Public Health in pre-University Cambridge; monastic communities
Today, the ancient church of St Benedict – known as St Bene’t’s – is the oldest surviving building in Cambridge. Even before the establishment of the University some 800 years ago, Cambridge – or Grantabrycge as it was known – was already a significant settlement and an important centre of spiritual learning.
The existence of a thriving monastic community is central to the story of public health in Cambridge.
During the thirteenth-century, an Augustinian Friary stood on the neighbouring site, containing its own cemetery and gardens. When this site was excavated around 1910, several skeletons were discovered with brass buckles, leather belts and fragments of woollen habits still clinging to them.
Monasteries provided the only form of social security to the ordinary man in the street, as those in religious orders were expected to work for the community, offering shelter to all travellers and pilgrims and caring for the sick, poor and the elderly.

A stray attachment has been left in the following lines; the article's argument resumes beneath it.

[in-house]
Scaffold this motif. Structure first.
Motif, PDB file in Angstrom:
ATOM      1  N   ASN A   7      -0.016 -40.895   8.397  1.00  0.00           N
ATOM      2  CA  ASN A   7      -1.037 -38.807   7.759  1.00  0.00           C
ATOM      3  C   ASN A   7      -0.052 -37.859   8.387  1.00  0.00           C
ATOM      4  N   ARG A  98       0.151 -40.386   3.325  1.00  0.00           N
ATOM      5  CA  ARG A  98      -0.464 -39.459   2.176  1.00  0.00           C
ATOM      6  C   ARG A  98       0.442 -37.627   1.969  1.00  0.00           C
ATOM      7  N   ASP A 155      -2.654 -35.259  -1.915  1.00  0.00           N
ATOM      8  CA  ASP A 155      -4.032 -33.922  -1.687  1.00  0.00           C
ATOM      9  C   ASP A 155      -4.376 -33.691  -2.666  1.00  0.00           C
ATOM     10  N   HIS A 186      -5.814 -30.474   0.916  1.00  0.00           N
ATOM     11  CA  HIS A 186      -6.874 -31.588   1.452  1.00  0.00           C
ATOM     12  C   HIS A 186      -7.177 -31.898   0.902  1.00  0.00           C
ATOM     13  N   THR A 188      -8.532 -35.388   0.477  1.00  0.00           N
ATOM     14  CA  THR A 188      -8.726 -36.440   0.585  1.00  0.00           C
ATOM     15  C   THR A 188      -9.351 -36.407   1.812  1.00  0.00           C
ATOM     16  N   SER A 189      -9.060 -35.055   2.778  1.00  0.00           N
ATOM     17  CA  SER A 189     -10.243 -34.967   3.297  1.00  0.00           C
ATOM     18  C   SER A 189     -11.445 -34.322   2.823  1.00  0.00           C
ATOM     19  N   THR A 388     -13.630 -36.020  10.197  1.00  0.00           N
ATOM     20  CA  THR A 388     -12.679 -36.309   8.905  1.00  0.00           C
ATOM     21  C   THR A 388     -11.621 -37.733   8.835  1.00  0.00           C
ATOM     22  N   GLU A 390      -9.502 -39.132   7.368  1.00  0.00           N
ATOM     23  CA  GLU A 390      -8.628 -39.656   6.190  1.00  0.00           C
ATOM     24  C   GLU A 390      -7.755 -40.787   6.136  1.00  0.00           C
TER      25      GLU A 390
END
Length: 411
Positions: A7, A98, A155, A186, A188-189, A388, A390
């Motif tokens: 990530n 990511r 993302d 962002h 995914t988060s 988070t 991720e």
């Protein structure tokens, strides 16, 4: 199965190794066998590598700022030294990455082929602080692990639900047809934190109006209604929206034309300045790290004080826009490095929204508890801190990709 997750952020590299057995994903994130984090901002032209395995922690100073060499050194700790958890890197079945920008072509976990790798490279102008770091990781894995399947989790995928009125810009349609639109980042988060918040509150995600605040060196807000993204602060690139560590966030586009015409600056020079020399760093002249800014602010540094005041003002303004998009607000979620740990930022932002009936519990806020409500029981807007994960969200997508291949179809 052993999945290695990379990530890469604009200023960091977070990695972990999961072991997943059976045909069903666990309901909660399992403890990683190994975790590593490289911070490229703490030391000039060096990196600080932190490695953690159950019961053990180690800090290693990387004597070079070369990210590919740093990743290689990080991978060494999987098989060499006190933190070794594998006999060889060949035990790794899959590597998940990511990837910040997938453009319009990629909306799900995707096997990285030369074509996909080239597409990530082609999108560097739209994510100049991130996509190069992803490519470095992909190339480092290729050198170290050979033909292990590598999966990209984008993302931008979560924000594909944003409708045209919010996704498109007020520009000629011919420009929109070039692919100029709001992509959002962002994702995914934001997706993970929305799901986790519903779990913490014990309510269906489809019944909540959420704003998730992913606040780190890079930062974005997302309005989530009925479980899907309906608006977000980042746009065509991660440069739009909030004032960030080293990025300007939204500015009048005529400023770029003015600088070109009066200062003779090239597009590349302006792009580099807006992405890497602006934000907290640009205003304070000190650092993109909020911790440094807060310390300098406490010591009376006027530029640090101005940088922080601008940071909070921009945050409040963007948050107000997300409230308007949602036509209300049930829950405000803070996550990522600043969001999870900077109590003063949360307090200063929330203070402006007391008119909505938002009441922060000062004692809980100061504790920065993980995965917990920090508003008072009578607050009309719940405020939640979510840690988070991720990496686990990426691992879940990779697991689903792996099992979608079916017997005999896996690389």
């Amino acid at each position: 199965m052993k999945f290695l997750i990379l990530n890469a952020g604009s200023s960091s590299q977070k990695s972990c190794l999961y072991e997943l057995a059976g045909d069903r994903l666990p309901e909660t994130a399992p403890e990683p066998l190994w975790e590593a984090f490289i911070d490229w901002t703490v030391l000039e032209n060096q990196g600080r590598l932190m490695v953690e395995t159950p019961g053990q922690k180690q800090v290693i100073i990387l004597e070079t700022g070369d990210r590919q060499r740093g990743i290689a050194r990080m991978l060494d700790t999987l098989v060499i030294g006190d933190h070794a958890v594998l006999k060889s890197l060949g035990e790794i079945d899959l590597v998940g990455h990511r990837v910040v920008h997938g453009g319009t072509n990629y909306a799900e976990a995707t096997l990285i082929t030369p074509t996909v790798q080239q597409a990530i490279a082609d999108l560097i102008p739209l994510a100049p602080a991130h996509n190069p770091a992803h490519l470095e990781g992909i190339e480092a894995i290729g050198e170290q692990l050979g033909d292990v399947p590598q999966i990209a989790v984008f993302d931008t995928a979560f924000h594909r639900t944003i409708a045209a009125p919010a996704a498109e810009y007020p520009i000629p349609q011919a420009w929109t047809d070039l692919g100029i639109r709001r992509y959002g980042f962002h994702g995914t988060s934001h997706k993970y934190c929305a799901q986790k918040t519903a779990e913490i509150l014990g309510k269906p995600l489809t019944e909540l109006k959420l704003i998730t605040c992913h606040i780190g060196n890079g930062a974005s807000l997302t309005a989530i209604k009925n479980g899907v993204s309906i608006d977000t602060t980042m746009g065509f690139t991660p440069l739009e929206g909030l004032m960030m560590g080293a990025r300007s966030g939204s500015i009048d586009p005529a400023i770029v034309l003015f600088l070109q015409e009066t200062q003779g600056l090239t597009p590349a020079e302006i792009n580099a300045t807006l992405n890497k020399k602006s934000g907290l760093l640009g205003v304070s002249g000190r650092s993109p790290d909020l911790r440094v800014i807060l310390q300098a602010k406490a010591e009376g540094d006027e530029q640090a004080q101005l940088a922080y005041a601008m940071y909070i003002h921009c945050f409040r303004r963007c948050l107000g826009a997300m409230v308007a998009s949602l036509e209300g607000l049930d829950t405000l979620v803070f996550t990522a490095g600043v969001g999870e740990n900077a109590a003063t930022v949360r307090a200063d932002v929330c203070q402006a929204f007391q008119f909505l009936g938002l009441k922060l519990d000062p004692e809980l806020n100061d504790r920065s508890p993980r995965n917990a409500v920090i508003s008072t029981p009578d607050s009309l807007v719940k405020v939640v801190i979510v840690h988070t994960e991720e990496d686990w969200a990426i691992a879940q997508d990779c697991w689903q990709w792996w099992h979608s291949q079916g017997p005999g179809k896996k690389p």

Most religious houses also had their own infirmary for sick and aged monks, and a separate hospital for the public. This included not just the local population, but also the vast numbers of vagrants, beggars and unemployed people who thronged the streets of Cambridge. The monasteries provided these people with clean clothing, comfortable bedding and fresh food, as well as prayer and spiritual comfort, as an intrinsic part of their medical care.
Although the practice of medicine differed greatly from that of today, monastic infirmaries undoubtedly gave help and hope to thousands of otherwise destitute people.
St Bene't's Church